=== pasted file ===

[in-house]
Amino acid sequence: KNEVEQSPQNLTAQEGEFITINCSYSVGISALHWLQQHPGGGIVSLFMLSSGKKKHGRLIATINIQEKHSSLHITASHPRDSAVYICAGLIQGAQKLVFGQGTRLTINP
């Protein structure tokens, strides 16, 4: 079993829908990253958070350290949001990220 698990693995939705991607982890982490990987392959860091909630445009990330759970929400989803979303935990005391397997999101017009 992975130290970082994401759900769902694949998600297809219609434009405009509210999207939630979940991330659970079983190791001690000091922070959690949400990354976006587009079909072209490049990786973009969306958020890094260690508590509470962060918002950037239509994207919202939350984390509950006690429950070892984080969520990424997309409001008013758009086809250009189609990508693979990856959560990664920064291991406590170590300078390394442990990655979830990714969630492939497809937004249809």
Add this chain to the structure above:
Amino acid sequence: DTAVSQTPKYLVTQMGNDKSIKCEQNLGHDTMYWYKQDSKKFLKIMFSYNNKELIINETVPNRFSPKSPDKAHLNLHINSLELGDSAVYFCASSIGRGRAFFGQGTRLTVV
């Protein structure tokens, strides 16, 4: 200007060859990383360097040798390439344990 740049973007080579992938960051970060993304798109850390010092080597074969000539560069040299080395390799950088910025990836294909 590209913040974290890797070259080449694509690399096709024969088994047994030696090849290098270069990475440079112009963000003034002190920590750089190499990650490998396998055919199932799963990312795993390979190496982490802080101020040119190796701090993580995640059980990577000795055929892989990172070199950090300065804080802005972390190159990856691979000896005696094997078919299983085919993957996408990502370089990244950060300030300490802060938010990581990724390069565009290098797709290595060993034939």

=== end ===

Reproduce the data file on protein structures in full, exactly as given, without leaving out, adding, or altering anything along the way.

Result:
[in-house]
Amino acid sequence: KNEVEQSPQNLTAQEGEFITINCSYSVGISALHWLQQHPGGGIVSLFMLSSGKKKHGRLIATINIQEKHSSLHITASHPRDSAVYICAGLIQGAQKLVFGQGTRLTINP
């Protein structure tokens, strides 16, 4: 079993829908990253958070350290949001990220 698990693995939705991607982890982490990987392959860091909630445009990330759970929400989803979303935990005391397997999101017009 992975130290970082994401759900769902694949998600297809219609434009405009509210999207939630979940991330659970079983190791001690000091922070959690949400990354976006587009079909072209490049990786973009969306958020890094260690508590509470962060918002950037239509994207919202939350984390509950006690429950070892984080969520990424997309409001008013758009086809250009189609990508693979990856959560990664920064291991406590170590300078390394442990990655979830990714969630492939497809937004249809």
Add this chain to the structure above:
Amino acid sequence: DTAVSQTPKYLVTQMGNDKSIKCEQNLGHDTMYWYKQDSKKFLKIMFSYNNKELIINETVPNRFSPKSPDKAHLNLHINSLELGDSAVYFCASSIGRGRAFFGQGTRLTVV
């Protein structure tokens, strides 16, 4: 200007060859990383360097040798390439344990 740049973007080579992938960051970060993304798109850390010092080597074969000539560069040299080395390799950088910025990836294909 590209913040974290890797070259080449694509690399096709024969088994047994030696090849290098270069990475440079112009963000003034002190920590750089190499990650490998396998055919199932799963990312795993390979190496982490802080101020040119190796701090993580995640059980990577000795055929892989990172070199950090300065804080802005972390190159990856691979000896005696094997078919299983085919993957996408990502370089990244950060300030300490802060938010990581990724390069565009290098797709290595060993034939």